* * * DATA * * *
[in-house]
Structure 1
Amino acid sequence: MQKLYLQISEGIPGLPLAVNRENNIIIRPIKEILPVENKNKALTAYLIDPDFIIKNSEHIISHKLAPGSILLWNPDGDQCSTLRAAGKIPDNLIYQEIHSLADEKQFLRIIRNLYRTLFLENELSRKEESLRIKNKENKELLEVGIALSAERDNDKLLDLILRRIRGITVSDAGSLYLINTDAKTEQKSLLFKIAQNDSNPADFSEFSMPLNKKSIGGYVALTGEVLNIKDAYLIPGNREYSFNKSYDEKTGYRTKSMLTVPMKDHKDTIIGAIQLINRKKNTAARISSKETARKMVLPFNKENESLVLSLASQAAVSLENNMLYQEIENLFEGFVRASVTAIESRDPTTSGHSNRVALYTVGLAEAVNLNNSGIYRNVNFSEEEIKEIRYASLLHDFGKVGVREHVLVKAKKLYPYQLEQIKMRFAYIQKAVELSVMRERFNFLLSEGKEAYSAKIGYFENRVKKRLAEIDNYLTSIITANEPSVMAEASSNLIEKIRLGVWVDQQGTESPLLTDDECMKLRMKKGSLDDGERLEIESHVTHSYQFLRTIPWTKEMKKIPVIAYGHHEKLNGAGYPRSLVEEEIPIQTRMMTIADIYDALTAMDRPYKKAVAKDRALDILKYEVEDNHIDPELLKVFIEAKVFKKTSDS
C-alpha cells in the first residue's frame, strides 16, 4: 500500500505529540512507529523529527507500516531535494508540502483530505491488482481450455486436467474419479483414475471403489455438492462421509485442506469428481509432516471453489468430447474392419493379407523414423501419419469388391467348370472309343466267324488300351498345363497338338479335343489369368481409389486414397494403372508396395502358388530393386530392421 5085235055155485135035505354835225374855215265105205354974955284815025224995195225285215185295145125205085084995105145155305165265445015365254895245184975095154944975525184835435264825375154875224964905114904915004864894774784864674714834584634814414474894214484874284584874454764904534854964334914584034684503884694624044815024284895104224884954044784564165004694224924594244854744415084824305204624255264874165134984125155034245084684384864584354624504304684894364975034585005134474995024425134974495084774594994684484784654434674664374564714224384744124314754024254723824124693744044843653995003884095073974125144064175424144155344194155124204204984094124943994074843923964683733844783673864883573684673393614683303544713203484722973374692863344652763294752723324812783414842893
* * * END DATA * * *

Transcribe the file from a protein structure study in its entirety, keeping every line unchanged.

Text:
[in-house]
Structure 1
Amino acid sequence: MQKLYLQISEGIPGLPLAVNRENNIIIRPIKEILPVENKNKALTAYLIDPDFIIKNSEHIISHKLAPGSILLWNPDGDQCSTLRAAGKIPDNLIYQEIHSLADEKQFLRIIRNLYRTLFLENELSRKEESLRIKNKENKELLEVGIALSAERDNDKLLDLILRRIRGITVSDAGSLYLINTDAKTEQKSLLFKIAQNDSNPADFSEFSMPLNKKSIGGYVALTGEVLNIKDAYLIPGNREYSFNKSYDEKTGYRTKSMLTVPMKDHKDTIIGAIQLINRKKNTAARISSKETARKMVLPFNKENESLVLSLASQAAVSLENNMLYQEIENLFEGFVRASVTAIESRDPTTSGHSNRVALYTVGLAEAVNLNNSGIYRNVNFSEEEIKEIRYASLLHDFGKVGVREHVLVKAKKLYPYQLEQIKMRFAYIQKAVELSVMRERFNFLLSEGKEAYSAKIGYFENRVKKRLAEIDNYLTSIITANEPSVMAEASSNLIEKIRLGVWVDQQGTESPLLTDDECMKLRMKKGSLDDGERLEIESHVTHSYQFLRTIPWTKEMKKIPVIAYGHHEKLNGAGYPRSLVEEEIPIQTRMMTIADIYDALTAMDRPYKKAVAKDRALDILKYEVEDNHIDPELLKVFIEAKVFKKTSDS
C-alpha cells in the first residue's frame, strides 16, 4: 500500500505529540512507529523529527507500516531535494508540502483530505491488482481450455486436467474419479483414475471403489455438492462421509485442506469428481509432516471453489468430447474392419493379407523414423501419419469388391467348370472309343466267324488300351498345363497338338479335343489369368481409389486414397494403372508396395502358388530393386530392421 5085235055155485135035505354835225374855215265105205354974955284815025224995195225285215185295145125205085084995105145155305165265445015365254895245184975095154944975525184835435264825375154875224964905114904915004864894774784864674714834584634814414474894214484874284584874454764904534854964334914584034684503884694624044815024284895104224884954044784564165004694224924594244854744415084824305204624255264874165134984125155034245084684384864584354624504304684894364975034585005134474995024425134974495084774594994684484784654434674664374564714224384744124314754024254723824124693744044843653995003884095073974125144064175424144155344194155124204204984094124943994074843923964683733844783673864883573684673393614683303544713203484722973374692863344652763294752723324812783414842893